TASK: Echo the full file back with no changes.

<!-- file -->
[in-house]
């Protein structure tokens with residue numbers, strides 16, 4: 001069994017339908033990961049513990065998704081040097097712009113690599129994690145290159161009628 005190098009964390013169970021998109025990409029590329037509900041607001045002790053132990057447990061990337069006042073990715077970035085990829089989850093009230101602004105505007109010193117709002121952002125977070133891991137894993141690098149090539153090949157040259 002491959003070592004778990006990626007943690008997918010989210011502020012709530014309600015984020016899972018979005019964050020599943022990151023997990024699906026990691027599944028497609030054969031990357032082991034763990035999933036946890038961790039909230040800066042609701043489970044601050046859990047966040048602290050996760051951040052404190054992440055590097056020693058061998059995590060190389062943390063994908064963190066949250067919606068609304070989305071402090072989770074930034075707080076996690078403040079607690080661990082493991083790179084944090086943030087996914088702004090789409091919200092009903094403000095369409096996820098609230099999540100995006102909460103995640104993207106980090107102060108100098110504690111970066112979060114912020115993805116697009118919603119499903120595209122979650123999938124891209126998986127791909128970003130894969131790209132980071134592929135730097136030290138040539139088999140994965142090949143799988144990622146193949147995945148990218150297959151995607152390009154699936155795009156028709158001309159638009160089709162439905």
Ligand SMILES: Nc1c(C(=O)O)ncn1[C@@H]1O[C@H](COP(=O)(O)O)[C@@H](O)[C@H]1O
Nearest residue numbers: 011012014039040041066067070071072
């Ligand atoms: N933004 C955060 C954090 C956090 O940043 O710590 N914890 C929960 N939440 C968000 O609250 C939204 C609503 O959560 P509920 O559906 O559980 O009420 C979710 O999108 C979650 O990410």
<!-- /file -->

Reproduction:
[in-house]
């Protein structure tokens with residue numbers, strides 16, 4: 001069994017339908033990961049513990065998704081040097097712009113690599129994690145290159161009628 005190098009964390013169970021998109025990409029590329037509900041607001045002790053132990057447990061990337069006042073990715077970035085990829089989850093009230101602004105505007109010193117709002121952002125977070133891991137894993141690098149090539153090949157040259 002491959003070592004778990006990626007943690008997918010989210011502020012709530014309600015984020016899972018979005019964050020599943022990151023997990024699906026990691027599944028497609030054969031990357032082991034763990035999933036946890038961790039909230040800066042609701043489970044601050046859990047966040048602290050996760051951040052404190054992440055590097056020693058061998059995590060190389062943390063994908064963190066949250067919606068609304070989305071402090072989770074930034075707080076996690078403040079607690080661990082493991083790179084944090086943030087996914088702004090789409091919200092009903094403000095369409096996820098609230099999540100995006102909460103995640104993207106980090107102060108100098110504690111970066112979060114912020115993805116697009118919603119499903120595209122979650123999938124891209126998986127791909128970003130894969131790209132980071134592929135730097136030290138040539139088999140994965142090949143799988144990622146193949147995945148990218150297959151995607152390009154699936155795009156028709158001309159638009160089709162439905």
Ligand SMILES: Nc1c(C(=O)O)ncn1[C@@H]1O[C@H](COP(=O)(O)O)[C@@H](O)[C@H]1O
Nearest residue numbers: 011012014039040041066067070071072
């Ligand atoms: N933004 C955060 C954090 C956090 O940043 O710590 N914890 C929960 N939440 C968000 O609250 C939204 C609503 O959560 P509920 O559906 O559980 O009420 C979710 O999108 C979650 O990410």